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Market View July 2015: Greece & the US Economic Outlook


We at hope everyone had a great 4th of July weekend, celebrating the United States Independence. We would like to thank everyone who served in one of our military branches, helping maintain our freedom.  The United States is the home of the free, because of the brave.


GreeceGreece has been in the spotlight for many years now due to their dysfunctional economic system. We believe it’s only a matter of time until Greece defaults on its sovereign debt, at some level – either partially or completely. If that happens, it is likely that European countries will have to issue new debt to cover their losses on Greek bonds. In that case, there will be upward pressure on interest rates, especially in the Eurozone, but that same pressure can push U.S. bond rates as well. Rather than independence, Greece seems bent on dependence on other people’s money. In fact, after several years working toward some very minor market-friendly reforms, this past January Greece elected a far-left government which is marching toward socialism by fighting reality… in the name of dignity?

In a show of disarray the government called for a July 5th vote on whether to accept the IMF/Eurozone/ECB (“troika”) bailout offer which would require spending and pension cuts. What many Greek pensioners might not realize is that whether they accept the troika bailout or not, cuts will come in either case. If Greece leaves the Euro and returns to their own drachma, pensions will be paid in drachmas – the near equivalent of Monopoly money.

Prime Minister Alex Tsipras convinced the people that a “No” vote would strengthen his negotiating stance. That, itself, implies a desire to stay in the EURO, but I see little chance that can happen now – or at least as a full member. However, Tsipras is negotiating in a manner, making last minute changes, which make one wonder if he really wants to be kicked out of the Euro.

How can Germany and other responsible nations, or the IMF, now negotiate away part of the Greek debt? That is what Tsipras hopes to achieve, but should the IMF, Germany, et al, agree to debt forgiveness; wouldn’t Italy, Spain, Portugal and others be tempted to threaten to leave the Euro so they too might erase half their debt? If there is the possibility of contagion, I would argue that it is by allowing debt erasure.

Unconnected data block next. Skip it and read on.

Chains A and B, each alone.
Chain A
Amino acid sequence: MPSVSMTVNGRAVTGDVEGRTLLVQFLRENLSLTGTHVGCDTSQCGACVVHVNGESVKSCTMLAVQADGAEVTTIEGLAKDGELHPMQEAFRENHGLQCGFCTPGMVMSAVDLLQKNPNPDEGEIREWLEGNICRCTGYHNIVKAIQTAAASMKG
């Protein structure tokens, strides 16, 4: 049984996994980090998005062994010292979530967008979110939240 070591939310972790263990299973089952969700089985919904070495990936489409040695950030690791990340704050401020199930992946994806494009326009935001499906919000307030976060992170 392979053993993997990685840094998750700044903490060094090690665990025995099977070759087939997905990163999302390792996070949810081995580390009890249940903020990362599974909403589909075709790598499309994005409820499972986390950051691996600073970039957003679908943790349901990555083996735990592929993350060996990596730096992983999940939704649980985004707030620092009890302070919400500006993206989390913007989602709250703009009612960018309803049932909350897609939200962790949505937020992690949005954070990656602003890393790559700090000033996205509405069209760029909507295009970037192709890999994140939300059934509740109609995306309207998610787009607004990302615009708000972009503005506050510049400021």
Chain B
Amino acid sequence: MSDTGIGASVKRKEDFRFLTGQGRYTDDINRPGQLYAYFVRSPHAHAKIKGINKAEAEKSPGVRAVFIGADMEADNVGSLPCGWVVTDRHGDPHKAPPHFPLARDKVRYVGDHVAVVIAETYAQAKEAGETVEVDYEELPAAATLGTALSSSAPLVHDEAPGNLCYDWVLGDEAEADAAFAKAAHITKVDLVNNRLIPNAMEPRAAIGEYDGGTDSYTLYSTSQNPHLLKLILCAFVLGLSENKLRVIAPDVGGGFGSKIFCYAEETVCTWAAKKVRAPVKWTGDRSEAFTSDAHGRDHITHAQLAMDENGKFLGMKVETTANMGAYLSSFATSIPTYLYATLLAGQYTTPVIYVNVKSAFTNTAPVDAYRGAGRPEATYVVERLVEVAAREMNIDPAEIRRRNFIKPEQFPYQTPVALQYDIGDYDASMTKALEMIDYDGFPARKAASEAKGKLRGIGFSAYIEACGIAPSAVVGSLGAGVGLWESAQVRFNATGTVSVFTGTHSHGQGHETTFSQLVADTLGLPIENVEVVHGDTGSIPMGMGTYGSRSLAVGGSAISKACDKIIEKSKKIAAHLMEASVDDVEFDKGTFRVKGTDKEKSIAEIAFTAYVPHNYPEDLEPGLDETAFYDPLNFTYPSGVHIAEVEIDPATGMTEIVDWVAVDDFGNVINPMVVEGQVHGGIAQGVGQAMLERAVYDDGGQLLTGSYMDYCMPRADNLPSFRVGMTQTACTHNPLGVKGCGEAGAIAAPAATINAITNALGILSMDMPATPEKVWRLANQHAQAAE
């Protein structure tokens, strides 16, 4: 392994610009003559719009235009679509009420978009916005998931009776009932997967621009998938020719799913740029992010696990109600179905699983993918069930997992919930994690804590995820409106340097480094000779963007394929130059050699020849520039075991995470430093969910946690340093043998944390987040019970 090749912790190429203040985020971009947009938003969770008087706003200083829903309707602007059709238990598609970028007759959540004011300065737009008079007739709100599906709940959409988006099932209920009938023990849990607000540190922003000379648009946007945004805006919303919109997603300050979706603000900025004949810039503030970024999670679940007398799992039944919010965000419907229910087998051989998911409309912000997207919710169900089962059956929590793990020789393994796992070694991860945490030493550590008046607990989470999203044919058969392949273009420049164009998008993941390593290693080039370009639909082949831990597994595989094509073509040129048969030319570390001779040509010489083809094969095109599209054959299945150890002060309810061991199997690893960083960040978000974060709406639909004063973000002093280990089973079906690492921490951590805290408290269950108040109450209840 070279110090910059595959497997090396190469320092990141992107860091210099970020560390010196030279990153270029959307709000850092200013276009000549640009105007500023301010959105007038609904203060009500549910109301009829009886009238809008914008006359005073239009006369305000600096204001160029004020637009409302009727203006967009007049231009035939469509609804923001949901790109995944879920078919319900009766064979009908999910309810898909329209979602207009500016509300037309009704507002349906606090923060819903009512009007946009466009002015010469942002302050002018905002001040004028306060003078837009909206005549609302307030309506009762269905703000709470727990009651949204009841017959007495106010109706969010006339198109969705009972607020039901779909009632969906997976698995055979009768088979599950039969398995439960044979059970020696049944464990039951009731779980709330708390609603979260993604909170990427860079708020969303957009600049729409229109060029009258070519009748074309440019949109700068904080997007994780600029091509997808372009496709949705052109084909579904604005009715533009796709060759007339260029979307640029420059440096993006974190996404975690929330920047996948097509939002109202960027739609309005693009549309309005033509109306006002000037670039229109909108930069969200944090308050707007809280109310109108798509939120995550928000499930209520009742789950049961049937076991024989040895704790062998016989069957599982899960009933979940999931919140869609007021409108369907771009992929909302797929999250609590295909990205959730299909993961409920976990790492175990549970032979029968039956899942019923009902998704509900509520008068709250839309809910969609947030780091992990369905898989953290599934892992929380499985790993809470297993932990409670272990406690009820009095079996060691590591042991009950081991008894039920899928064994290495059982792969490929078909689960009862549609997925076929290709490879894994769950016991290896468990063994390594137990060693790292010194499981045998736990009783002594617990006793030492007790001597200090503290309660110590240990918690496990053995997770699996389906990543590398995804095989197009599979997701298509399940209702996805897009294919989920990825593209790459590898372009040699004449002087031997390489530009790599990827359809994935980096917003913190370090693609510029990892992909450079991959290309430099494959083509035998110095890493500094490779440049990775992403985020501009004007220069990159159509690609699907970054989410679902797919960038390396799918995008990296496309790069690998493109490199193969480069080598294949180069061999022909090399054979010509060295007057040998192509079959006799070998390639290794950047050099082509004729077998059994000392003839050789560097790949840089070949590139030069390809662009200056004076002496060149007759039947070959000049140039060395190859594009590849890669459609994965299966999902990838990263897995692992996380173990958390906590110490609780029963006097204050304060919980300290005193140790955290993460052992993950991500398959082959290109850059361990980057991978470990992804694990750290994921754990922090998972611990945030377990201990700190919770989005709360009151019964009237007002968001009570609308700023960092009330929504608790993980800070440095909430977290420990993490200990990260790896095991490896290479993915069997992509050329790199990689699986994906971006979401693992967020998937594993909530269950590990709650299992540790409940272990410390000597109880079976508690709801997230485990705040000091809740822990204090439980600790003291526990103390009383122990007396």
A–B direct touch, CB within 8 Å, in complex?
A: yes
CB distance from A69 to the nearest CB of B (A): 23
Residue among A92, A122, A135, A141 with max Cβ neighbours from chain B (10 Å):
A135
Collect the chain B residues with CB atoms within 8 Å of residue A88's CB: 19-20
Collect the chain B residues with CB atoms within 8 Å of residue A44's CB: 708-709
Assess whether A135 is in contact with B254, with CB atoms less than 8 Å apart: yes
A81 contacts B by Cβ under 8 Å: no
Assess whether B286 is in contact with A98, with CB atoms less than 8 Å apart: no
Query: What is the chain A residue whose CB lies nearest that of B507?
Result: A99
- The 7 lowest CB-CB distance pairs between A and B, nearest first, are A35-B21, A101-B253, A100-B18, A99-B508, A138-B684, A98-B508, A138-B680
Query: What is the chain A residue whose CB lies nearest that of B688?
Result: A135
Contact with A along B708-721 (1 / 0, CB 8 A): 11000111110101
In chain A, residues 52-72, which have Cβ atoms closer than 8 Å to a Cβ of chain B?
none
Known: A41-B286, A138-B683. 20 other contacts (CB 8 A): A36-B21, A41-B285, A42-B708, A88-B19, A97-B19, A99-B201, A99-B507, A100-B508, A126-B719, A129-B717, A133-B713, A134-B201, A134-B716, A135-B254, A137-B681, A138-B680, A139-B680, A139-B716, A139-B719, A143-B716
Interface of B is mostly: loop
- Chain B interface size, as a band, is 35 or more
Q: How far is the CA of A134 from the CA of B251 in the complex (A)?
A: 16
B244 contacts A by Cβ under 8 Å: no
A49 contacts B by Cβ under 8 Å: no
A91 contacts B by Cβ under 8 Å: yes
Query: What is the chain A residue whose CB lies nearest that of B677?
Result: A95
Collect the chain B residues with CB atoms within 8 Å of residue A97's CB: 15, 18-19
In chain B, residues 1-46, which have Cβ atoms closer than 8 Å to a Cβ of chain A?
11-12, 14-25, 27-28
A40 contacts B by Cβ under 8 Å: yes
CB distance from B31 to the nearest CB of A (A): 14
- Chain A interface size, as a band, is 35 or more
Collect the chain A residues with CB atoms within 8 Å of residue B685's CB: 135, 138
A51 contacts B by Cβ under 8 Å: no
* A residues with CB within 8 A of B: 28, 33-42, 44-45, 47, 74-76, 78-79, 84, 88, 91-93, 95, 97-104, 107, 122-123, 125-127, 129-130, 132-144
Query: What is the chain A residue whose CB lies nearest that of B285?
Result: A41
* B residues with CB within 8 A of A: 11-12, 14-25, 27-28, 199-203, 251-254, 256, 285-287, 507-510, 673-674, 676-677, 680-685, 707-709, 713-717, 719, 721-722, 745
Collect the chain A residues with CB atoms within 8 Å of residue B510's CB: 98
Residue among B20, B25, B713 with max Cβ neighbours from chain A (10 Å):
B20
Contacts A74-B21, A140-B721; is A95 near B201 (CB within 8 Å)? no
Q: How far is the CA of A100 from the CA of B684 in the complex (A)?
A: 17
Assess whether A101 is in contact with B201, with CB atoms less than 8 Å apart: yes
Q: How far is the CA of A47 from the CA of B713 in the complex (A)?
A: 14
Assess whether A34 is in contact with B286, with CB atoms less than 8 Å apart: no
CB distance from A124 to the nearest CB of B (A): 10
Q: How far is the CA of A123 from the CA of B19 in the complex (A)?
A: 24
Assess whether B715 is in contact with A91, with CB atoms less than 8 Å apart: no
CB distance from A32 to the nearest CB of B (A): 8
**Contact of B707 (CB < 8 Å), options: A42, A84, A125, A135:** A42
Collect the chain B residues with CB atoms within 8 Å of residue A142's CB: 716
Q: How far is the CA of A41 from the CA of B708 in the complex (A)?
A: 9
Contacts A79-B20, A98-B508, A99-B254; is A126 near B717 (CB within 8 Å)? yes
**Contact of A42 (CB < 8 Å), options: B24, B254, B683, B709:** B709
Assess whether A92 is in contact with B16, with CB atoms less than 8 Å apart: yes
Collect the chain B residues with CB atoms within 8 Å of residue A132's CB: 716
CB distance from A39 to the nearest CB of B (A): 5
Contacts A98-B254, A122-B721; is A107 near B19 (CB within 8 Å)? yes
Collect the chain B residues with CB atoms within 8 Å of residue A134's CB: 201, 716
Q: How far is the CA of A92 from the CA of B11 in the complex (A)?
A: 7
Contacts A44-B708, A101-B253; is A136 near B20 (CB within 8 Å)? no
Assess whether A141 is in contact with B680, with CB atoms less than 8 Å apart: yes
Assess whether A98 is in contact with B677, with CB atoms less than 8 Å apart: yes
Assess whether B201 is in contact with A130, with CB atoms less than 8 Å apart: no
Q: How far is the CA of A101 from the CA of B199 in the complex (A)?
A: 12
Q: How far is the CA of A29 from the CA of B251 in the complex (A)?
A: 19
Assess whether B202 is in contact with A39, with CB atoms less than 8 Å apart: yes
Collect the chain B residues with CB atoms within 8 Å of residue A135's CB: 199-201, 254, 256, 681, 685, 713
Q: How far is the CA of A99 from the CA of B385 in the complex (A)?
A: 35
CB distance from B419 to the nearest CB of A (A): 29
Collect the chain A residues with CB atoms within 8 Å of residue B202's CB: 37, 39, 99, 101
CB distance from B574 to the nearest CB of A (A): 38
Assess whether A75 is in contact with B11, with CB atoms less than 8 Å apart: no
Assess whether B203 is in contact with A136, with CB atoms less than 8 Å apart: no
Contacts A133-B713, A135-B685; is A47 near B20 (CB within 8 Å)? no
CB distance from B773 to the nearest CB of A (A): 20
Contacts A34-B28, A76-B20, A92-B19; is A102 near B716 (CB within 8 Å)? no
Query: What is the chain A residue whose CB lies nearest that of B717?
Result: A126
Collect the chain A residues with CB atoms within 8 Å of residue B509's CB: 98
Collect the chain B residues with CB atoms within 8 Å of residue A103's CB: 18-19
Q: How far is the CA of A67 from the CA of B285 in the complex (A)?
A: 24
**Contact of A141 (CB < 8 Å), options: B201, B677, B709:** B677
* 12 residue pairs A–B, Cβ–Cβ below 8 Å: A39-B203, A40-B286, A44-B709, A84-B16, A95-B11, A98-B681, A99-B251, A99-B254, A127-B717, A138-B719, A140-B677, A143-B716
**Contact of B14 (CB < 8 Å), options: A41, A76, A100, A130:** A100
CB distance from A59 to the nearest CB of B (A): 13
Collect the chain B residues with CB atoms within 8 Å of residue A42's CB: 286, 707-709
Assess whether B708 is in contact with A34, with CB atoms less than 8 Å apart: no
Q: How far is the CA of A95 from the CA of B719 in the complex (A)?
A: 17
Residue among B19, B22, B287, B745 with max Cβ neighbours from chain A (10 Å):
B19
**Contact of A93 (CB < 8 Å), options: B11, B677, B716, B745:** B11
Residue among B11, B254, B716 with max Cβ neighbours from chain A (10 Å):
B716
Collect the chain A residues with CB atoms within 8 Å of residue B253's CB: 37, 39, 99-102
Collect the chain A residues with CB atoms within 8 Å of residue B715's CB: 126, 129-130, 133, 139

Regardless of the ultimate outcome, the Greek economy makes up only 2% of the Eurozone and 0.39% of the world’s GDP. The problem is causing short-term volatility in world markets, but we believe the ultimate outcome is most dire for the Greek people.


Due to unusually heavy snowfall and a west coast port strike, along with a skyrocketing dollar, the 1st quarter GDP was slightly negative and got off to a slow start. However, recent economic statistics indicate the second half of Q2 and the rest of the year will have 3%+ GDP. Strong vehicle sales, rising wages and employment, a stronger housing market and the continued benefit of low energy prices are all bullish signs of growth. The continued strength of the dollar is a headwind for U.S. exports but is benefitting companies who source goods elsewhere and sell them here. Lower gasoline prices benefit us all, but are especially significant for the low-income consumer. We continue to position portfolios to benefit from these trends.


While Greece is a tiring and an overplayed topic, so is the speculation about the Fed and when they will raise short-term interest rates. Fed Chairwoman, Janet Yellen, and a majority of the Board of the Federal Open Market Committee, have held the Fed Funds rate near 0% for over 6 years, much too long in our opinion. As such, many investors are significantly underestimating the impact of rising rates on bonds, and especially bond funds, bond ETFs and target-date funds. Many investors believe history is future and since 1981 interest rates have declined and investors have been conditioned to believe that bonds provide a “risk-free return”. But today, rates are very low and are likely to rise – an environment in which bonds may surprise many by providing a “return-free risk” instead.

Some bemoan an upcoming Fed rate hike will be a dagger in a bloated stock market. We disagree. We believe the “bubble” is in bonds, not in stocks. In 2007 there was less than $1Trillion in bond funds and bond ETFs. There is now over $2.7 Trillion. That is such a large number that there are almost no buyers left. When rising interest rates finally prick the bond bubble, fund managers will be desperate to sell bonds to satisfy a tidal wave of bond fund shareholders who will be scrambling for redemptions like Greeks at an ATM. Bond math gets thrown out the window when the supply of bonds for sale greatly outstrips the demand for purchase. We saw this at the end of 2008 and early 2009 when we bought many high quality bonds at significant discounts. If this does not occur before, we expect it will as Europe and then Japan, approach the end of their respective QE (Quantitative Easing) programs in September ’16. When that time comes, you can expect that we will be buying investment grade bonds at significant discounts again.